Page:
Or, Why Going Forward Matters
“You want them riding forward, thinking forward for themselves. If you always have the handbrake on, then the horses are going to be behind your leg because you’re constantly telling him to slow down. Ride them forward, try and create that energy and enthusiasm in your horse first.”
– Charlotte Dujardin, World Champion and Olympic Gold Medalist, as quoted in The Chronicle of the Horse.
I read this quote yesterday, and I was struck by how important the concept is, in all riding disciplines, as well as in life.
One of the primary tenets of correct flatwork is getting the horse to push with his hind end, to be free and forward in his way of going. I constantly tell my students to ride forward, that a working gait means GOING SOMEWHERE. There’s no dallying, no hesitation. The horse pushes well and travels straight, and that’s the foundation for all the other work we do. Without forward and straight, you cannot turn well, nor collect or extend the gaits. All of those are needed to get the best, most correct jump possible.
What interests me most about the quote above is the use of the word enthusiasm. It implies that there’s an interest in the work the horse is doing. By going forward, the horse enjoys what’s being asked of him and is eager to do it. The rider has opened the door and invited the horse to go through it with her. What a positive concept!
Conversely, many riders so desperately want to hold the horse back or they only want to ride the kicking quiet horse because it WON’T go too forward. I loathe the thought of riding with the handbrake on all the time. Especially with our American Forward Style of Riding, we are supposed to let the horse find his pace and balance and we go with it, not against it. Of course adjustments need to be made, as so few horses will pick up one pace (balance, length of stride, speed) and keep it throughout an entire jumping course. In general, however, good things come from riding forward not backward.
My riders often hear me say, “You can’t gather nothing.” It refers to when a rider attempts to shorten the horse’s stride, but didn’t get the horse going with impulsion before that. Usually, the horse will either jump in a weak fashion, or he may break to the trot on the approach. The rider can avoid this by getting the horse in front of the leg, so there’s some energy or flow, prior to asking for the shortened stride. You must have something that can be gathered before asking the horse to come back to you.
“This is not about going back. This is about life being ahead of you and you run at it! Because you never know how far you can run unless you run.”
– Penny Chenery, owner and breeder of Secretariat (from the movie)
You can use the concept of forward motion to life outside of riding. As Penny Chenery said, life is about moving forward. Going through life with the handbrake on is a life half-lived. When you choose to go forward, to go toward something – your goals, achievement in school or your job, fully committing to your team or a romantic partner – you become free, you find enthusiasm, you fully embrace life. Even if there are tough parts associated with moving toward your goal, forward momentum will generally help, while choosing the status quo often leads to regret and stagnation.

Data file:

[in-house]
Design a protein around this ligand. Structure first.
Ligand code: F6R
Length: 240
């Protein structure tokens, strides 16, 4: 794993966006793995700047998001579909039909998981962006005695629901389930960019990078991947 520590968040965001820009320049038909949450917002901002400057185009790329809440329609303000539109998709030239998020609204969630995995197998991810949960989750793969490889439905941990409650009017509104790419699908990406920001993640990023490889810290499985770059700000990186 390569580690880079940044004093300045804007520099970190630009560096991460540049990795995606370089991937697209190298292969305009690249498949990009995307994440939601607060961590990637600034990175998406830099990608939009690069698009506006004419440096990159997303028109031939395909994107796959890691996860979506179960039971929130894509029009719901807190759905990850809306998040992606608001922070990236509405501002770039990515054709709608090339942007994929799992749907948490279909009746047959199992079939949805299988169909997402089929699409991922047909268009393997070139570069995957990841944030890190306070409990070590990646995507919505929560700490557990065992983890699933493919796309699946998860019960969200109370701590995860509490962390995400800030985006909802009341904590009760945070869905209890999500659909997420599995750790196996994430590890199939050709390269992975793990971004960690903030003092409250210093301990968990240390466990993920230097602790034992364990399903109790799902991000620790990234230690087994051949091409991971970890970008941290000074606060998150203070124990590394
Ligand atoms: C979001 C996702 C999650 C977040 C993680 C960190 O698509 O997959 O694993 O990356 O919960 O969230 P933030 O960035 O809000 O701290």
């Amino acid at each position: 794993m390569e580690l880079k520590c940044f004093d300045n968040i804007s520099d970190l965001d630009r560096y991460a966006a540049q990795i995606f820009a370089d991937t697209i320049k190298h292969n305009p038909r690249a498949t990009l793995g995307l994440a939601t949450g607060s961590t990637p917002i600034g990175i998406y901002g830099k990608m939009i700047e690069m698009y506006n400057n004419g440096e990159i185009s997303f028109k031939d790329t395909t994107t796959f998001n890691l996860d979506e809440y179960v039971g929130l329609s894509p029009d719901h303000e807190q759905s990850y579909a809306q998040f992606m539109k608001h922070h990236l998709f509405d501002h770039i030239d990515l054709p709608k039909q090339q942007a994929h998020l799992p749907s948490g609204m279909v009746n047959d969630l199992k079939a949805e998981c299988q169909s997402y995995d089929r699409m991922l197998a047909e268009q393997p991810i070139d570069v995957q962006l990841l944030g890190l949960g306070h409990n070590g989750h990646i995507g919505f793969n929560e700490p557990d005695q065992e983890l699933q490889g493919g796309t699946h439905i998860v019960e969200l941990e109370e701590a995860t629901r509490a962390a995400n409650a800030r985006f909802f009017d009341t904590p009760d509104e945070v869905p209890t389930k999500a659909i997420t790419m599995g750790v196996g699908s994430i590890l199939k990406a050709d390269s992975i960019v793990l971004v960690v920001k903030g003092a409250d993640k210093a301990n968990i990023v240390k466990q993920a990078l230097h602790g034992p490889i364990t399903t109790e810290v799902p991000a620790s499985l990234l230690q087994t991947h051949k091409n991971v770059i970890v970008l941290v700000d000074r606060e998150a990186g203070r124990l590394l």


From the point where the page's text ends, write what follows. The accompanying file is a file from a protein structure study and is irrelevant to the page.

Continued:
Acknowledging fears is important, but the point in doing so is to move past them. We need to free ourselves from the burden of the fears (or a pessimistic outlook) that hold us back – our self-imposed tethers – so we can find our enthusiasm and reach our goals.
Some ways you can move forward, in riding and in other areas:
1). Keep a gratitude journal. We all have things in life that we love. Keeping those in perspective can help after a hard day or when you are finding it tough to get up in the morning.
2). Create a vision board. What are some things you would like to achieve or attain in life? Are you hoping to move up to the next level/division at horse shows? Want to get into the college of your dreams? Want a corner office? Get praise in a newsletter? Want to buy your first home? Keeping a photo of any of those in your sight, whether it hangs on the wall of your bedroom or sits on your desk helps your brain envision them happening, and will help shape the decisions you make and the way you act every day.
3). Hold yourself accountable for the changes you seek. If you have trouble doing this, find someone who will hold you accountable. Let’s say you want to get improve your strength in the saddle. You know working without stirrups is one of the best ways to do this, but you find it hard to commit to working without them each ride. Try asking a friend to join you when you ride, so you do your no-stirrup work together. Or ask a friend to shoot you a text after you ride to check to see if you did it. These are just two examples of a way you can harness peer pressure for good, when you are having a hard time doing things you know will benefit you in the long run. There are so many ways to do this in all areas of life. Knowing how to overcome your own resistance and ask for help will help you move in the direction you want.
Are you living life with the hand-brake on? Are there other things you do to help move toward your goals? I’d love to hear from you!
2 thoughts on “You Can’t Gather Nothing”
Love this post, Terri!